The Salvadoran economy at the start of 2023
Our review of the state El Salvador is in at the beginning of 2023 turns today to the economy. At the end of 2022, Salvadorans who were polled responded that the economy was the biggest challenge facing the country today.
Inflation was the dominant economic concern for Salvadoran families at the end of 2022 according to polling by the UCA. El Salvador was hit by the same inflationary trends impacting the rest of the globe, with annual inflation for 2022 in the country reaching 7.2%. During 2022, inflation for the cost of the basic foodstuffs for the average Salvadoran household in urban areas reached 13.5%, producing a monthly cost of $240.37, an increase of more than $28 per month. By comparison, the monthly minimum wage in El Salvador for most sectors is currently $365.
Local media carry stories like this one and this one where reporters go into city markets to ask the local vendors how much the prices of staples like cheese, beans, corn and plantains have risen. "Mucho," is the usual reply.
According to the El Salvador's Central Reserve Bank, the Salvadoran economy grew 2.2% in the last four months of 2022 in comparison to the same period in 2021, resulting in annual growth for the year of 2.8%. The bank is currently forecasting annual growth of between 2% and 3% in 2023. Leading sectors of growth in the past four months were electricity generation and construction.
According to an International Monetary Fund (IMF) review at beginning of 2023:
The economy is estimated to have expanded by 2.8 percent in 2022, driven by domestic demand. The full recovery of activity from pre-pandemic levels was driven by the effective government response to the health crisis. Since March 2022, the unprecedented reduction in crime, and strong remittances and tourism revenues have contributed to the robust activity and investment dynamics. Meanwhile, annual average inflation reached 7.2 percent last year.
In 2023, the IMF forecasts real GDP growth at 2.4%, with inflation moderating somewhat to 4.1%. The full IMF report which highlights potential risks as well as suggestions for changes in government fiscal policy can be found here.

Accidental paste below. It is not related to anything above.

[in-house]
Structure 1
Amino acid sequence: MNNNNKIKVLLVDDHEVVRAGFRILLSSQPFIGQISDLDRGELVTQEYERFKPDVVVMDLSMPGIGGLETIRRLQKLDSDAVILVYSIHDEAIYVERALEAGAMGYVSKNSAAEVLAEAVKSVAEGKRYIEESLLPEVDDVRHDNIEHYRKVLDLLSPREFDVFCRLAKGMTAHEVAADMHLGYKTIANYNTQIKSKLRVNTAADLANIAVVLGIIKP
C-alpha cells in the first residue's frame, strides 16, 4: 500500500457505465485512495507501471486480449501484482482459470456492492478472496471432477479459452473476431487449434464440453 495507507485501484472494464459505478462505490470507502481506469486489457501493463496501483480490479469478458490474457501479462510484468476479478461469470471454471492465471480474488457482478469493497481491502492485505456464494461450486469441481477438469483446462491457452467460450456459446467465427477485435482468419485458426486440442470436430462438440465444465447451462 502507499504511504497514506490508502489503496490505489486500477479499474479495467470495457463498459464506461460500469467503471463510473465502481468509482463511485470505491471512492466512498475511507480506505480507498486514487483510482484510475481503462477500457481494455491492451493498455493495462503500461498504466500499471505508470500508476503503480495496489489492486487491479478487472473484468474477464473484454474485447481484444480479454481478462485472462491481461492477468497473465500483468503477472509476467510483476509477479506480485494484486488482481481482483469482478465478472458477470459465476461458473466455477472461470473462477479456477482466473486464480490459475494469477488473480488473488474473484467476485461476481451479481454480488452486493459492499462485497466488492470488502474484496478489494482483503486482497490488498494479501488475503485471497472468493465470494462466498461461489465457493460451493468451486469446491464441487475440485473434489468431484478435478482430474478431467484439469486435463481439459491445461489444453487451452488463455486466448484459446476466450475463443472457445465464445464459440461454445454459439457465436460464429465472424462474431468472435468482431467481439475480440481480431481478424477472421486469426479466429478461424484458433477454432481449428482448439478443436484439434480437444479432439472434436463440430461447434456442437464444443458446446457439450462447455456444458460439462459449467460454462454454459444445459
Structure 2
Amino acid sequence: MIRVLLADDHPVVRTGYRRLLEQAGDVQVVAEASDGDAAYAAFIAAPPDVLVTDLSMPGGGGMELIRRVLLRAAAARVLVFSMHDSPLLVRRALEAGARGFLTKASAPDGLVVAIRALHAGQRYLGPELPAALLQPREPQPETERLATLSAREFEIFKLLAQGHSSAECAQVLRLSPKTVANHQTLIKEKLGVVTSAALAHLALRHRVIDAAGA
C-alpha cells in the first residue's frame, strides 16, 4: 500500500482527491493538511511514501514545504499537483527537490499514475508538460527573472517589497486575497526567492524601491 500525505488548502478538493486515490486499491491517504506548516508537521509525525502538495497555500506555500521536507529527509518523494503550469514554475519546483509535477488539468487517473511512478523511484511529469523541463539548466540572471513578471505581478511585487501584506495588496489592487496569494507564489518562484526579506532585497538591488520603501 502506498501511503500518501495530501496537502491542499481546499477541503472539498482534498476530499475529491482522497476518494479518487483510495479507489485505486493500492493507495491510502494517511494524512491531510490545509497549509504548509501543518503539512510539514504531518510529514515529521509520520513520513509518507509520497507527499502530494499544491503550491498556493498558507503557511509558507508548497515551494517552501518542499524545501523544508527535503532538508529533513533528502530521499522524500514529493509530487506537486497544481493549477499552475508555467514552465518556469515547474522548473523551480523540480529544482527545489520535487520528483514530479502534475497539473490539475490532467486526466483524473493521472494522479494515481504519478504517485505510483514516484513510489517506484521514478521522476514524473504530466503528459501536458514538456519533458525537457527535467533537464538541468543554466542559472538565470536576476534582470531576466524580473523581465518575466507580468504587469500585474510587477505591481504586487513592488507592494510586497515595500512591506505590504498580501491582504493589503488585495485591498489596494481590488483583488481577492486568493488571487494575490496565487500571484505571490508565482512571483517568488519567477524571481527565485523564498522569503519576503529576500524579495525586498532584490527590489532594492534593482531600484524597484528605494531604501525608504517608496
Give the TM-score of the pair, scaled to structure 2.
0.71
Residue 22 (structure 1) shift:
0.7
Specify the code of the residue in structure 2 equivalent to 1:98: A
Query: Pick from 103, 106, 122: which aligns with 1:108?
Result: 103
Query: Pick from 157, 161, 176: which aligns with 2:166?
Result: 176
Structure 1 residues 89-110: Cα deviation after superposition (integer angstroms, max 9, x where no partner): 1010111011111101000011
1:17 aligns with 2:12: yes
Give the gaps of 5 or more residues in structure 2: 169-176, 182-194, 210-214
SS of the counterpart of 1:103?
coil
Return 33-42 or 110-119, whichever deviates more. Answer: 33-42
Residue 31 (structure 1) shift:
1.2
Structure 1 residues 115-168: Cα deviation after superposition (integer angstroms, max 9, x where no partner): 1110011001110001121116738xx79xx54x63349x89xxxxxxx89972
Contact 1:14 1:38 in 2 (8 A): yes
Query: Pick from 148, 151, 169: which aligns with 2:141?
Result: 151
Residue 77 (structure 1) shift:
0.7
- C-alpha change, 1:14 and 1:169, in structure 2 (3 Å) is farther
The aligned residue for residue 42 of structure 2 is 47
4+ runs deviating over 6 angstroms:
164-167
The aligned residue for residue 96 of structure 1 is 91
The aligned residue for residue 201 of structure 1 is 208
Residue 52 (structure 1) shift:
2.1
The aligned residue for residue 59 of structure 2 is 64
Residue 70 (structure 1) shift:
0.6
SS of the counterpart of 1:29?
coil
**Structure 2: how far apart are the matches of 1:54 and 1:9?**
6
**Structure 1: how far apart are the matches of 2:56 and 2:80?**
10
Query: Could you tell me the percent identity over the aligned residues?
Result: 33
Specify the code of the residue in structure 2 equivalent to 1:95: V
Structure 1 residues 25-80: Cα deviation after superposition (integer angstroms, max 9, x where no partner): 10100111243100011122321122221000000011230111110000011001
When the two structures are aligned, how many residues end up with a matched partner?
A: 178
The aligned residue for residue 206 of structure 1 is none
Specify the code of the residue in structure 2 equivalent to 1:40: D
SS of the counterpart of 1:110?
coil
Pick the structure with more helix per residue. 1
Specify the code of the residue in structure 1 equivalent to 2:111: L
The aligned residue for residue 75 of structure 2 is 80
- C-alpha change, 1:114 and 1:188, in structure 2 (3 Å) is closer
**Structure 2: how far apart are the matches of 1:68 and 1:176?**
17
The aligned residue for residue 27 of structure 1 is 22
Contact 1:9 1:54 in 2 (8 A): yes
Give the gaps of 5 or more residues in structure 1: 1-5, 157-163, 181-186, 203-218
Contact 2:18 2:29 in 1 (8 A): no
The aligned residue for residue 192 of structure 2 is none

Such a growth rate, after recovering smartly from the pandemic contraction of the economy in 2020, would continue El Salvador's economic growth in its historical range of fairly sluggish increases in the 2-4% range .
The rating agency Moody's recently maintained the junk bond rating on El Salvador's government debt but did see a lower likelihood of the government failing to make payments on that debt. Fitch Ratings' evaluation was similar.
Family remittances reached $7.742 billion in 2022, $620 million more than El Salvador received for all of the goods it exported last year. Remittances now equal more than 25% of El Salvador's gross domestic product, showing how much the country continues to depend on the money sent home from those who migrated to find a better life abroad.
By investing in its people, El Salvador does have the opportunity to spur economic growth the World Bank concluded last October:
Despite challenges, El Salvador has great potential to boost a dynamic, inclusive and resilient economic growth. The country can continue to prioritize ramping up investments in human capital to foster accumulation and strengthening the effectiveness of the social protection system. El Salvador can also enhance public and private investment, promote access to high-quality jobs and foster a more dynamic, competitive, and innovative private sector. To reduce vulnerabilities, the country can also promote a sustainable and equitable fiscal policy, strengthen resilience to disaster risk and pandemics and consolidate governance and institutions.